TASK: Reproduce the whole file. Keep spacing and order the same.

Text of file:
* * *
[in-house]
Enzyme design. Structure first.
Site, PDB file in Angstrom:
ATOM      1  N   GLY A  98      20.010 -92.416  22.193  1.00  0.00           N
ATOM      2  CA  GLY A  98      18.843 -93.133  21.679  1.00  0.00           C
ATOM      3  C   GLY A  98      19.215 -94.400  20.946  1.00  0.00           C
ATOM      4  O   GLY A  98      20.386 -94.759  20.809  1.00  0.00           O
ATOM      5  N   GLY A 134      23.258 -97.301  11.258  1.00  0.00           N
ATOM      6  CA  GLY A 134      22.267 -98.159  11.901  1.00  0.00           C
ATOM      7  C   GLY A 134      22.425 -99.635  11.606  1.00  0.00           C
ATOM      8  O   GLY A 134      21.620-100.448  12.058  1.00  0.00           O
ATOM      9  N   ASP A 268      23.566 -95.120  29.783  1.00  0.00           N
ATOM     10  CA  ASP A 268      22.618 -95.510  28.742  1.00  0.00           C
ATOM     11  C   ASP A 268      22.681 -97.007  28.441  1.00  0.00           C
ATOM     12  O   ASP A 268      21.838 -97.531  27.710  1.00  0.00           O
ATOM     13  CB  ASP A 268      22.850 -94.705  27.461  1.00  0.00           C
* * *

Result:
[in-house]
Enzyme design. Structure first.
Site, PDB file in Angstrom:
ATOM      1  N   GLY A  98      20.010 -92.416  22.193  1.00  0.00           N
ATOM      2  CA  GLY A  98      18.843 -93.133  21.679  1.00  0.00           C
ATOM      3  C   GLY A  98      19.215 -94.400  20.946  1.00  0.00           C
ATOM      4  O   GLY A  98      20.386 -94.759  20.809  1.00  0.00           O
ATOM      5  N   GLY A 134      23.258 -97.301  11.258  1.00  0.00           N
ATOM      6  CA  GLY A 134      22.267 -98.159  11.901  1.00  0.00           C
ATOM      7  C   GLY A 134      22.425 -99.635  11.606  1.00  0.00           C
ATOM      8  O   GLY A 134      21.620-100.448  12.058  1.00  0.00           O
ATOM      9  N   ASP A 268      23.566 -95.120  29.783  1.00  0.00           N
ATOM     10  CA  ASP A 268      22.618 -95.510  28.742  1.00  0.00           C
ATOM     11  C   ASP A 268      22.681 -97.007  28.441  1.00  0.00           C
ATOM     12  O   ASP A 268      21.838 -97.531  27.710  1.00  0.00           O
ATOM     13  CB  ASP A 268      22.850 -94.705  27.461  1.00  0.00           C